Applications for middle housing land division (MHLD) must demonstrate that adequate water, sewer, and stormwater facilities are, or will be, available to serve the proposed development. Separate facilities are required for each lot, including:

The preliminary plan for the MHLD must include easements or tracts necessary to locate, access, maintain and replace services to each dwelling unit. Easements for other utilities, such as gas, power and cable, should also be shown to ensure adequate space is available.

See Approval Standards in Portland City Code Section 33.671.130.

MHLD Service Requirements

The MHLD layout must provide sufficient street frontage to accommodate the spacing requirements for services to each lot, either directly or via an easement. It may be difficult to meet spacing requirements on sites with narrow street frontages or narrow easements. Spacing requirements in the public right-of-way and on the site may vary, and both must be factored into the lot layout for the MHLD.

Spacing in public right-of-way. General separation requirements in the right-of-way are described in the table below, but site-specific circumstances may require greater distances.

Horizontal Spacing Requirements in the Right-of-Way
Type of SpacingWater Service (3)Sanitary Sewer and Storm Sewer Laterals (1) (2)
Spacing between connections to public main18 in. between service line taps on water main

36 in. total for header service box (up to 6 meters)
3 ft. minimum skin-to-skin between taps

Only one tap is permitted per pipe section for concrete or clay sewer pipes (2)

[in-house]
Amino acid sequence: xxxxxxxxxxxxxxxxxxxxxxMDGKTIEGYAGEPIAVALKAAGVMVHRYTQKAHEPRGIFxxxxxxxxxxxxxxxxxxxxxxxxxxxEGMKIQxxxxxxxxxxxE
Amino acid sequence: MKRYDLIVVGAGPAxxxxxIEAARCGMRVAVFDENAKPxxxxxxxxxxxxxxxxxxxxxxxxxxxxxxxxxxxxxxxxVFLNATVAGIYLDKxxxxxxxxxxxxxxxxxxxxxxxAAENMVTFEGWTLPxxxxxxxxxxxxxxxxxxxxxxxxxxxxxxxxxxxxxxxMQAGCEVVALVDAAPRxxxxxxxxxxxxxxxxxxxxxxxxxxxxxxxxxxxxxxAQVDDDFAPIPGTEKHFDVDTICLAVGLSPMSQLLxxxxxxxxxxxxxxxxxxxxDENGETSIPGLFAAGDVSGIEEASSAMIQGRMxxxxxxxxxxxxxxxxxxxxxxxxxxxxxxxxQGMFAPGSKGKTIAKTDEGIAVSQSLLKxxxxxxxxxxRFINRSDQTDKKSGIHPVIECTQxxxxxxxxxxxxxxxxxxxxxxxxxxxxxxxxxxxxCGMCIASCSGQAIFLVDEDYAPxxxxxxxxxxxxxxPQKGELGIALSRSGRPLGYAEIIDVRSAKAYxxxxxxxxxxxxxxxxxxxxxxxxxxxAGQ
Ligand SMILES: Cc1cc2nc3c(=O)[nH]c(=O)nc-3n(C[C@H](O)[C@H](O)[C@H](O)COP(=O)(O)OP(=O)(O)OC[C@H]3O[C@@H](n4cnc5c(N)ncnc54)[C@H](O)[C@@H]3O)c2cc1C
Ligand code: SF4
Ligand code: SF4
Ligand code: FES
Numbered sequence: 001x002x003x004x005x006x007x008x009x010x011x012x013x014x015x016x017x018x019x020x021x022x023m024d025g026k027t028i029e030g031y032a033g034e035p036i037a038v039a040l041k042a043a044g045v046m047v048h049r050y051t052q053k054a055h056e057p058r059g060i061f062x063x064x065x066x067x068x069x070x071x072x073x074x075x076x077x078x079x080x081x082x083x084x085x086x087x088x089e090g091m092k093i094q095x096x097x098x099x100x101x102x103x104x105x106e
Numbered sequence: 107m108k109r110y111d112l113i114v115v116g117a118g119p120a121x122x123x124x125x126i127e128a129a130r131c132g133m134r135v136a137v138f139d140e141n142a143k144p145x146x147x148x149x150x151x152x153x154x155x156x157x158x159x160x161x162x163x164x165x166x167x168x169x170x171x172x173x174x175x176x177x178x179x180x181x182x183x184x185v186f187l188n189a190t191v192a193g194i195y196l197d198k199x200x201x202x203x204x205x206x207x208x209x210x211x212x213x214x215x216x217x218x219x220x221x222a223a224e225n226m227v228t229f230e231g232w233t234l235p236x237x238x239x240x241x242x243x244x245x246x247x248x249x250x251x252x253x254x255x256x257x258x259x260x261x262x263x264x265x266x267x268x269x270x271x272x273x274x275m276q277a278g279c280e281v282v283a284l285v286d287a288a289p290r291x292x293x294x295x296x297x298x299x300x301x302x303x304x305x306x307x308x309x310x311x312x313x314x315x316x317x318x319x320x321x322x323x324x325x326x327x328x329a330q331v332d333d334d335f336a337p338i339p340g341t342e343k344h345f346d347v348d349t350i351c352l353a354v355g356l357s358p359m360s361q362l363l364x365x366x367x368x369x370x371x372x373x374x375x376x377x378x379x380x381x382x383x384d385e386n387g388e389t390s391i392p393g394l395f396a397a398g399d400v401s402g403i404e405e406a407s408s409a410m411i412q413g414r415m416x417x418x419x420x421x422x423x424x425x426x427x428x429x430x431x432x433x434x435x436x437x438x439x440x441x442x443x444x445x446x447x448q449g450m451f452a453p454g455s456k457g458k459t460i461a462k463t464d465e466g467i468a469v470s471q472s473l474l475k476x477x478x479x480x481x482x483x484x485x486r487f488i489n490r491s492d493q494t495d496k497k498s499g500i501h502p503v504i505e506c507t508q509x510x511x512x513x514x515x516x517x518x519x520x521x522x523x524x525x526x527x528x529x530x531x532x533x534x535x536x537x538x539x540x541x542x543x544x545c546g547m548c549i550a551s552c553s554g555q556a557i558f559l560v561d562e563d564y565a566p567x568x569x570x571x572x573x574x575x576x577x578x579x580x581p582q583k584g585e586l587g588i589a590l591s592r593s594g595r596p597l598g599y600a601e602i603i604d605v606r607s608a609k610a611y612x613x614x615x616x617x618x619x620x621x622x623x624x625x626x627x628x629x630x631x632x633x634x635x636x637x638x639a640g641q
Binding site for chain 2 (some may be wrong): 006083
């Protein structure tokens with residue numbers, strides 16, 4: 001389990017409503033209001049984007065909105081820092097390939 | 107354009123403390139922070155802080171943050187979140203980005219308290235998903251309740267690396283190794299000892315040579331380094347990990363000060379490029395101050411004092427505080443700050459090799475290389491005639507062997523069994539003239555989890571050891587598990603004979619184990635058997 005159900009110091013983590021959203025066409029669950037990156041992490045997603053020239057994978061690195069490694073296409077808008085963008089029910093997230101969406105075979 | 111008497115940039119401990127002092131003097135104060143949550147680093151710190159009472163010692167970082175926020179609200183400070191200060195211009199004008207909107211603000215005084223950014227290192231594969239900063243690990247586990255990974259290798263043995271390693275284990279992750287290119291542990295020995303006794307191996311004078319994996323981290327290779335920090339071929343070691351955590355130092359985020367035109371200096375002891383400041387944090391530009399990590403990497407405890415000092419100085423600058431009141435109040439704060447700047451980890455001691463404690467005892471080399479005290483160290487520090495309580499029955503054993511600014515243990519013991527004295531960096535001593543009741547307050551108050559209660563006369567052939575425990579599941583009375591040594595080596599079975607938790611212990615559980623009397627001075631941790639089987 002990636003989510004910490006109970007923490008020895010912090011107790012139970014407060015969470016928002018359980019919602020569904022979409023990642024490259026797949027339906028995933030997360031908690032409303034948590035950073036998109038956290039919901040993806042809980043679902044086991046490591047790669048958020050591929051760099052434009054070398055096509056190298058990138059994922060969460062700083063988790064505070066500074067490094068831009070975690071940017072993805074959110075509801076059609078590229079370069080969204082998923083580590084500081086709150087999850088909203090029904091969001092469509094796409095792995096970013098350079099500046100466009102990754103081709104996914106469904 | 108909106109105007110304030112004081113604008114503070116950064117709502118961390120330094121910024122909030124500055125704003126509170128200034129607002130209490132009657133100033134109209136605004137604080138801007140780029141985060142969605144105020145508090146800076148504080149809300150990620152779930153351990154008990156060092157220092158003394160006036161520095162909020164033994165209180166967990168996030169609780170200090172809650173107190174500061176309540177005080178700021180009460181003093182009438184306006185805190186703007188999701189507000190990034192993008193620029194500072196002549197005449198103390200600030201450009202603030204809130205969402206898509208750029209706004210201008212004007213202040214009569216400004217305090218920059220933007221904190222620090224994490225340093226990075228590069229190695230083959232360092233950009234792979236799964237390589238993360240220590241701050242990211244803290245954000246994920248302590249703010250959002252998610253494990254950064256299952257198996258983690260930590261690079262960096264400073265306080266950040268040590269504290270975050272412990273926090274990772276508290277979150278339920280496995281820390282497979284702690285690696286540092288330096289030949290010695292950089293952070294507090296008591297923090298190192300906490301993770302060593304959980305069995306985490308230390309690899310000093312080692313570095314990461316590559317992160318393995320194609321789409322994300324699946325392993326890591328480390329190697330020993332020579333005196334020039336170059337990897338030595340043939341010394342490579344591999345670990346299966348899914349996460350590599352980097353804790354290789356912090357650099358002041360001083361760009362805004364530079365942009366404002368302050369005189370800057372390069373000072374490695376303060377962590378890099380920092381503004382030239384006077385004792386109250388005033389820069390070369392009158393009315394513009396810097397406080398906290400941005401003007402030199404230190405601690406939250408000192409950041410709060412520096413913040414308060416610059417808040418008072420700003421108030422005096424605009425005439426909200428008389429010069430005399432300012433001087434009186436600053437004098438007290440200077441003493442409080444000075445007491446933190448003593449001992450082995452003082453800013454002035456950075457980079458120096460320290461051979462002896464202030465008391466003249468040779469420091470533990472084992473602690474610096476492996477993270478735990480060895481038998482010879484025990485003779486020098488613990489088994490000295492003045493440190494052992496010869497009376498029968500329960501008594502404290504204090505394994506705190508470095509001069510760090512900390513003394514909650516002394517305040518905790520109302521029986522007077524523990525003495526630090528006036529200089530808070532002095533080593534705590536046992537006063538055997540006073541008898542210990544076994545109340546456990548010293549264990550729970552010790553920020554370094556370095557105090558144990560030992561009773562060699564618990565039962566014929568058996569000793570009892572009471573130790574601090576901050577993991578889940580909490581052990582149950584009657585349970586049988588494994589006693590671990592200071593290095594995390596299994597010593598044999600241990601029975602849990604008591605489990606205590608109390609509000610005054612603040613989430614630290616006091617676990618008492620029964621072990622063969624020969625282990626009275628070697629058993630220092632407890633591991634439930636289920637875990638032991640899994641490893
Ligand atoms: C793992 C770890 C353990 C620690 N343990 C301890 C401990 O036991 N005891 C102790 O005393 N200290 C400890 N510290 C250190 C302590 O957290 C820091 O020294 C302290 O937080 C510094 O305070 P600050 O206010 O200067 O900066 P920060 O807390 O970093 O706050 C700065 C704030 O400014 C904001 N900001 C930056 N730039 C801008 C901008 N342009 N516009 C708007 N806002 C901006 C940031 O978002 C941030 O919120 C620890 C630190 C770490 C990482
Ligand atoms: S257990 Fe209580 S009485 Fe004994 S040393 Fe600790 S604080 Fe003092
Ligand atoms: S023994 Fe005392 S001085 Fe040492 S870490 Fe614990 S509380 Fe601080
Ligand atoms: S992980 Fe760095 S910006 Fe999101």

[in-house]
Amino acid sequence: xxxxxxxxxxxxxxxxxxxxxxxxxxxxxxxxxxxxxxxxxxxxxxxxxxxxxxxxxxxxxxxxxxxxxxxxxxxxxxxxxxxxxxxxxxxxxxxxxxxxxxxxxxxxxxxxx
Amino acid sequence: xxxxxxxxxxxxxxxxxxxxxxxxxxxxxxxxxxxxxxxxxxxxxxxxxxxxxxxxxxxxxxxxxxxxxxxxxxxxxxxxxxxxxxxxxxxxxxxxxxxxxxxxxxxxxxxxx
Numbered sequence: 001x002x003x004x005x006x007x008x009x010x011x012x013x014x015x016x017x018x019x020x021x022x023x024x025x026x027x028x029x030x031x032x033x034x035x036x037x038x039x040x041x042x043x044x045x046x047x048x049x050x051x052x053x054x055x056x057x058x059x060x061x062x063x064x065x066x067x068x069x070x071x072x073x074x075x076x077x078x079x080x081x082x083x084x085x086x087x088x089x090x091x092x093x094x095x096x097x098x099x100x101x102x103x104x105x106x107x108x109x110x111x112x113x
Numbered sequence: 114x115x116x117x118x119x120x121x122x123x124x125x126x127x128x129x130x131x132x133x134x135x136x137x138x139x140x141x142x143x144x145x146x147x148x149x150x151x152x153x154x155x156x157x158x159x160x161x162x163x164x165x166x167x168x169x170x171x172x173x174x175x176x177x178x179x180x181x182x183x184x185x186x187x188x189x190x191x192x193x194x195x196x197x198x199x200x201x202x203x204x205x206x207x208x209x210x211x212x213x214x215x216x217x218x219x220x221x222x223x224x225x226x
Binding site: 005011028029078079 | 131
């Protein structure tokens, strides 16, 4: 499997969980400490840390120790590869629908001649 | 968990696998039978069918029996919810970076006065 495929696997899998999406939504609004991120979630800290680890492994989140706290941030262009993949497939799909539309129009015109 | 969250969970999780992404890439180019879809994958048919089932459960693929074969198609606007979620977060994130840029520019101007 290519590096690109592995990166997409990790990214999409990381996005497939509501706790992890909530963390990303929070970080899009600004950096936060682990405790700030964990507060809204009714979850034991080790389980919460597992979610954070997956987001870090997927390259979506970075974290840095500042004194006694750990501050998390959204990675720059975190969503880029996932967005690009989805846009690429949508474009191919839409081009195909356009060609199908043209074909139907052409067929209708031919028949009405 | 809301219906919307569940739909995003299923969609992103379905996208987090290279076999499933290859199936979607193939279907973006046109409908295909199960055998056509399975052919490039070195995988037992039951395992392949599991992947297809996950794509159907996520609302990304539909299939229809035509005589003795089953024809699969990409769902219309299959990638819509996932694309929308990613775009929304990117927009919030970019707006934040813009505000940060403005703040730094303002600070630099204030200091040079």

Spacing between service types5 ft. from sewer5 ft. skin-to-skin from water line and meter
Spacing between other utilities (gas, power, cable)3 ft. from underground utility lines (2 in service and smaller)3 ft. skin-to-skin from gas line

(1) Refer to Chapter 5 of the Sewer and Drainage Facilities Design Manual.
(2) Storm sewer laterals should only be proposed when on-site infiltration of stormwater is not feasible, per Stormwater Management Manual (SWMM) requirements, and where an acceptable off-site disposal point (e.g. storm-only or combination sewer main) is available.
(3) Refer to Water Bureau Engineering and Technical Standards Administrative Rule.

On-site plumbing. On constrained sites, it is essential to plan ahead and map out all underground services and utilities to ensure adequate space is allocated for water, sewer, stormwater and other utilities. It is recommended that applicants contact providers for gas, power and cable early and include those utilities on their building permit and land division plans.

Generally, private service lines may be closer together on private property than in the public right-of-way. Spacing of services and utilities on private property can vary significantly depending on materials used. For example, up to 12 inches of both horizontal and vertical separation may be required between types of service or utility lines, while other materials may require no separation. To provide maximum flexibility in your layout, it is recommended that only plumbing materials approved for use inside a building be used on constrained sites. This choice of materials will allow for no separation. See the Oregon Plumbing Specialty Code (OPSC) for specific guidance.

Sanitary Laterals. Allowed sewer lateral configurations for MHLDs depend on the number of lots proposed and other site-specific constraints. Please see the MHLD sewer webpage for a complete description of allowed routes of sewer service for MHLDs.

Stormwater Management. Stormwater management facilities must meet the requirements of the Stormwater Management Manual (SWMM) and Oregon Plumbing Specialty Code. Most infiltration facilities must be set back a minimum of 10 feet from buildings and 5 feet from property lines abutting other sites. No setbacks are required for property lines abutting a right-of-way, though the facility must be located entirely on private property. Refer to Section 2.2.4 of the SWMM for facility-specific setbacks. Drywells may be shared by more than one lot if they are located in an easement and meet the requirements of the BDS Code Guide on Shared Drywells. Any other shared stormwater facilities would require a plumbing code appeal